Osaka Mayor Toru Hashimoto’s demand this month that all city workers reveal in a survey whether they have tattoos followed an alleged incident in which a city worker showed off his tattoo to children at a welfare facility.
The city government concluded that a questionnaire compiled for the survey — to let the mayor know how many employees had tattoos — does not violate employees’ privacy. It said a new “ethics rule” banning tattoos and advocating removal of tattoos will be introduced. The survey asks employees to indicate the size and location of tattoos and whether the tattoo was done before or after they were hired by the city.
Initially, of the 33,000 employees surveyed, 110 responded that they have tattoos and another 513 workers refused to answer. Mayor Hashimoto said those who refused to answer could be denied promotion and that he would “reposition” personnel based on the survey. Those who answered yes to having tattoos were not fit for employment and should quit, he stated.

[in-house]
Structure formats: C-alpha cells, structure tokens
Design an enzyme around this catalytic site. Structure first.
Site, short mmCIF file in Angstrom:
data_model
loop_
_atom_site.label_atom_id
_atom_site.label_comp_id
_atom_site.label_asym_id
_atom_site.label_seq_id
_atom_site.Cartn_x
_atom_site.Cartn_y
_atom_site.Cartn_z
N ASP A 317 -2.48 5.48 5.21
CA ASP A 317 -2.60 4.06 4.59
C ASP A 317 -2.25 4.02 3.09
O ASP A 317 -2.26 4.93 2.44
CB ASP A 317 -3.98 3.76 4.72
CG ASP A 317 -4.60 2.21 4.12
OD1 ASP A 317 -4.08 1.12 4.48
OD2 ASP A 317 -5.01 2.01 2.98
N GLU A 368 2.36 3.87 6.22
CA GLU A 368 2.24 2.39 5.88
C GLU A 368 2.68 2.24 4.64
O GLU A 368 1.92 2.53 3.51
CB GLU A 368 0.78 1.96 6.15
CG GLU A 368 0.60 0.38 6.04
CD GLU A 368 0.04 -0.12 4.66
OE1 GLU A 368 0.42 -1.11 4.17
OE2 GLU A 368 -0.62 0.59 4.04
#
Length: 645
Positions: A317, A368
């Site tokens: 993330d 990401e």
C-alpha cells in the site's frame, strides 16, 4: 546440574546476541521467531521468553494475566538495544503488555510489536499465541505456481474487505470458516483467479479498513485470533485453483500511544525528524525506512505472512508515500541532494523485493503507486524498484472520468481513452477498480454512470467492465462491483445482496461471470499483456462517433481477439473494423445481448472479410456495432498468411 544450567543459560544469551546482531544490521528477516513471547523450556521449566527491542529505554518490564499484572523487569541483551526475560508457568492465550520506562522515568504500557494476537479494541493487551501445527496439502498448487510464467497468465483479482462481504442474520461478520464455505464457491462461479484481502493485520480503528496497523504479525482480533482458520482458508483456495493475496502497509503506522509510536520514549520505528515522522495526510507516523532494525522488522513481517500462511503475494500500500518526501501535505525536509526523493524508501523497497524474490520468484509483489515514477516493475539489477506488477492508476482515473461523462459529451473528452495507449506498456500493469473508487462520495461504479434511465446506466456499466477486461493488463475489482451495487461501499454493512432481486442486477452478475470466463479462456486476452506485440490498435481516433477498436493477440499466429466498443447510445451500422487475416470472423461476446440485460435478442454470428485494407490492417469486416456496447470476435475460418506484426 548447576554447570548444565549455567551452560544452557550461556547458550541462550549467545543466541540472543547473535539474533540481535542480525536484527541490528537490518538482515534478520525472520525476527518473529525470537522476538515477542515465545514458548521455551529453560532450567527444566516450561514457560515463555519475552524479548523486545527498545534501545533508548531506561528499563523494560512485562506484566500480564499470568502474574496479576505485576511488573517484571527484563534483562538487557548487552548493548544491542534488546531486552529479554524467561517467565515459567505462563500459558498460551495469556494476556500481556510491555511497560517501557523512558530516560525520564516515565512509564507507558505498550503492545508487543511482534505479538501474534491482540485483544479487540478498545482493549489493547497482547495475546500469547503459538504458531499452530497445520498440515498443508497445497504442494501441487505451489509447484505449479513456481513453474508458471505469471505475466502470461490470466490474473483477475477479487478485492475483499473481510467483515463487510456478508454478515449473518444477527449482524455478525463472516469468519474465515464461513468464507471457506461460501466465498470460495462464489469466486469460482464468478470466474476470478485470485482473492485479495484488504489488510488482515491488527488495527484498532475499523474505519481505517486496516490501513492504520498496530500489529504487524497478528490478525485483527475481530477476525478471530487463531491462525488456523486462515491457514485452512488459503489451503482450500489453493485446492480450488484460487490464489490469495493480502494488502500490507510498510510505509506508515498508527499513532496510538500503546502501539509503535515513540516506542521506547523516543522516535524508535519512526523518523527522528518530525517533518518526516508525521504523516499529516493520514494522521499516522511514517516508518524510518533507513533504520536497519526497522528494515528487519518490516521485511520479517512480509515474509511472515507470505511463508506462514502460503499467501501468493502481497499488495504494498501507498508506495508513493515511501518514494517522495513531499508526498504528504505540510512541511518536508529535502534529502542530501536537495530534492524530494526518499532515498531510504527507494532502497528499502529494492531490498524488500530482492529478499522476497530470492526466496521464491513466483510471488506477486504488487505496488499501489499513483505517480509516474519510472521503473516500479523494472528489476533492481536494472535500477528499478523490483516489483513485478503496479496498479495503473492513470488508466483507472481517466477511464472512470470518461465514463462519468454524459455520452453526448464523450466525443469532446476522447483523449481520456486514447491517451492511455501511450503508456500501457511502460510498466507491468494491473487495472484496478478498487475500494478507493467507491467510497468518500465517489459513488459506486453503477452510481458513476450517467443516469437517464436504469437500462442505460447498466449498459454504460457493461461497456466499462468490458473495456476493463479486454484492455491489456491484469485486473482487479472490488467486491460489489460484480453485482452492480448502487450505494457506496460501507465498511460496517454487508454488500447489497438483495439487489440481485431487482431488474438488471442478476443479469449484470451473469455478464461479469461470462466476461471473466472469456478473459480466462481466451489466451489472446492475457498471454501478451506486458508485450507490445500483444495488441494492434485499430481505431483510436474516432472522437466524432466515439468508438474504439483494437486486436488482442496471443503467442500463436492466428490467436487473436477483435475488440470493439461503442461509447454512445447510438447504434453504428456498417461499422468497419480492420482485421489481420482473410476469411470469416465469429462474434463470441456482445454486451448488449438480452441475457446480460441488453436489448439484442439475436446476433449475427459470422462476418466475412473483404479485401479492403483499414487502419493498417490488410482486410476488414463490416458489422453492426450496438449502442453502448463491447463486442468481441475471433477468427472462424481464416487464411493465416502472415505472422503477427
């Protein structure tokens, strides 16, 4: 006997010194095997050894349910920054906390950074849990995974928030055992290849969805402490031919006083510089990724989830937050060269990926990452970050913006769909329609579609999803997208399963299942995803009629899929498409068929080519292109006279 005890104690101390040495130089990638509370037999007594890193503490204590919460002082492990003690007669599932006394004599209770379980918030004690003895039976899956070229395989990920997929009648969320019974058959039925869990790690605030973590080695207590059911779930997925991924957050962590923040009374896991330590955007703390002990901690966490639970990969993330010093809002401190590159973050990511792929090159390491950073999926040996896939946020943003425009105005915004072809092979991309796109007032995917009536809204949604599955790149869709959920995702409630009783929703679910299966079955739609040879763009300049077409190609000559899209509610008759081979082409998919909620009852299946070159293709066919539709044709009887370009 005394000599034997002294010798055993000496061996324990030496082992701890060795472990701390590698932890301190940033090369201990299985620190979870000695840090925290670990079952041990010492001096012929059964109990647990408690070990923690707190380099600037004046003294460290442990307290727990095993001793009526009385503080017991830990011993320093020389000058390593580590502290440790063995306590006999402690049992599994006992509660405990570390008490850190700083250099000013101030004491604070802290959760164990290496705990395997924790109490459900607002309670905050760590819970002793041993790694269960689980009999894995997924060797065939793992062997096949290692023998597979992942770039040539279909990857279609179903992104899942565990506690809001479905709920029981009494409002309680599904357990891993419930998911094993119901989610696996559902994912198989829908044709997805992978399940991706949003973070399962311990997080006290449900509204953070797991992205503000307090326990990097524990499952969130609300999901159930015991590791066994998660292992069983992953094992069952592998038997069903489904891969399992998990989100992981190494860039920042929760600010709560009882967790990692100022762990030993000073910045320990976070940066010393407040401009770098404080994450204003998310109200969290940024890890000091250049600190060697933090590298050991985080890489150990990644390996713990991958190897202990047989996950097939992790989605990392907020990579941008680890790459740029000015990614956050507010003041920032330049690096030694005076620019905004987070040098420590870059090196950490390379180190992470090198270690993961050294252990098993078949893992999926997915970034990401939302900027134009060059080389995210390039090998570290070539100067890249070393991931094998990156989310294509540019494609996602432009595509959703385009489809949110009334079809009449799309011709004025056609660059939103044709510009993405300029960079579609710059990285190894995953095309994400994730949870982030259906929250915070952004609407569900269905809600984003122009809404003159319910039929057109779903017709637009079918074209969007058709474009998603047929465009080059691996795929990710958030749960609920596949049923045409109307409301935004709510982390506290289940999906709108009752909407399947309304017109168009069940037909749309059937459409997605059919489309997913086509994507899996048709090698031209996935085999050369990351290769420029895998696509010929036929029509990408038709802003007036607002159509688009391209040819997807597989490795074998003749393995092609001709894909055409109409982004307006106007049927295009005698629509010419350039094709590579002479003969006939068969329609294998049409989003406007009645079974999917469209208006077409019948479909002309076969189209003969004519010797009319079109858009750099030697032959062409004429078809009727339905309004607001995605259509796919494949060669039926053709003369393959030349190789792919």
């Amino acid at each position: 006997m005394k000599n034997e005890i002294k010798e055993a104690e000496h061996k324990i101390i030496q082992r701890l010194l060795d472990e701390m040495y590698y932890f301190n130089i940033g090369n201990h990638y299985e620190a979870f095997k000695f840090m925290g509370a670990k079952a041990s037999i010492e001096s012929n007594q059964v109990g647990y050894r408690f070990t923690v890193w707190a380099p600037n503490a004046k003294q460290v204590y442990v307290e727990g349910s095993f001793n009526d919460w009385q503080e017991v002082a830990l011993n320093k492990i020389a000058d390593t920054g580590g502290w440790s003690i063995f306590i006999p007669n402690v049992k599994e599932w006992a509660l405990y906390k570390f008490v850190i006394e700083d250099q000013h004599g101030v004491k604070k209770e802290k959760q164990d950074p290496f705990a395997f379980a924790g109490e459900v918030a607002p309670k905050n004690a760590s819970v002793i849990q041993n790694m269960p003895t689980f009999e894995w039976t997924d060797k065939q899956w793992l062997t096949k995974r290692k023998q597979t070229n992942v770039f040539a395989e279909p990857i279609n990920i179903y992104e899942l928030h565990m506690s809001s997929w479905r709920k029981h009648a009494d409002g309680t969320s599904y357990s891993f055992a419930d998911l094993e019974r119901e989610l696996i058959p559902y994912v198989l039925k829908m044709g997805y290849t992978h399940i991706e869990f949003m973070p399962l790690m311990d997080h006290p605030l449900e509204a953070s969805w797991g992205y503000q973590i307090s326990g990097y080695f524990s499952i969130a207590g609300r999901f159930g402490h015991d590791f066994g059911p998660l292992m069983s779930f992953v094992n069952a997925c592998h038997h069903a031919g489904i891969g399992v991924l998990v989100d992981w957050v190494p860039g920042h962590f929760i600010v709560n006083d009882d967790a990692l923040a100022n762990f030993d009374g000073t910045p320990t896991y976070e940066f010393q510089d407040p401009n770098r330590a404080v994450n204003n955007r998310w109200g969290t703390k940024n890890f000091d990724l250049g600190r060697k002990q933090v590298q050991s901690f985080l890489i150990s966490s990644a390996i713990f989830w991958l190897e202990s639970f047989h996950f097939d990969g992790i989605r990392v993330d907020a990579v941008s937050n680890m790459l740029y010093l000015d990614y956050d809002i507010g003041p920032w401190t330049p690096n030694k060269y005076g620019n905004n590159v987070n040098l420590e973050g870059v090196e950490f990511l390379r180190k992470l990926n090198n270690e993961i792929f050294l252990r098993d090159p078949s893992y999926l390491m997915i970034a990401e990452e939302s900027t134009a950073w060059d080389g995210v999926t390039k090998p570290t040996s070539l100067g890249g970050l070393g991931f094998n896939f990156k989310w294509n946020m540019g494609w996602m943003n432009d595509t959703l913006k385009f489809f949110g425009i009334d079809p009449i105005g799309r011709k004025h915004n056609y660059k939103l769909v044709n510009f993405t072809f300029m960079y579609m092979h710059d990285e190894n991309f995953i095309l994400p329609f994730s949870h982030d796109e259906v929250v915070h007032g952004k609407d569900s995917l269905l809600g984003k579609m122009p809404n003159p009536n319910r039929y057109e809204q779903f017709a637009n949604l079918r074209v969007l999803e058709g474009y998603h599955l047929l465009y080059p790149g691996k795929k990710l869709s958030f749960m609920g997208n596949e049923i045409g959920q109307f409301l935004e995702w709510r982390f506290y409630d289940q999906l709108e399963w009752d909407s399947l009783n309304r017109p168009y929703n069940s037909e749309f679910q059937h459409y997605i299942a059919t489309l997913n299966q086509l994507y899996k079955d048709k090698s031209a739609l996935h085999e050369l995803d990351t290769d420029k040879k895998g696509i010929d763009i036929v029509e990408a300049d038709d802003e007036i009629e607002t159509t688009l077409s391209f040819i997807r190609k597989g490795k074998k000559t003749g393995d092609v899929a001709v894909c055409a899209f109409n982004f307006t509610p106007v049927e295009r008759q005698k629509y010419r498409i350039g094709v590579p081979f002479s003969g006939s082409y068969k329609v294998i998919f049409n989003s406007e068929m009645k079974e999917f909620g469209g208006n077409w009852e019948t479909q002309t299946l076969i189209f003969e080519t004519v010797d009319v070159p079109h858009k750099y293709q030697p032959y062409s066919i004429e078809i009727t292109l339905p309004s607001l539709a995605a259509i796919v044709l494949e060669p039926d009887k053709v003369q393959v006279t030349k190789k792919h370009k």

Making important decisions in hiring, firing and promotion should depend on better standards than on whether employees have what many now call “body art.” Osaka City’s personnel department has failed to explain the connection between having a tattoo and the ability to do the job. Meeting the mayor’s aesthetic standards is not likely to improve the quality of work or satisfaction of citizens. Most people would prefer a competent employee with a tattoo to an incompetent ink-free one.
Tattoos in Japan were historically considered a sign of belonging to an organized crime group. Most swimming pools, sports clubs, public baths and spas still refuse entry to anyone with a tattoo. Times change, however, and young Japanese are more influenced by Western fashion than in the past. U.S. polls have found that 24 percent of Americans between 18 and 50 have tattoos. Young Japanese have more tattoos, and more openly, than ever before.
For other people, with or without tattoos, the idea of turning over a report on their skin is surely unwelcome. Being forced to reveal the exact size and location of anything on one’s body would cause workers’ morale and motivation to deteriorate.
The issue of whether a mayor can impose such a ban on employees will surely be taken up in the courts as soon as Mr. Hashimoto denies a promotion to anyone with a tattoo or encourages them to quit. Freedom of expression, which is guaranteed by the Constitution, and personal privacy rights should be upheld in all workplaces.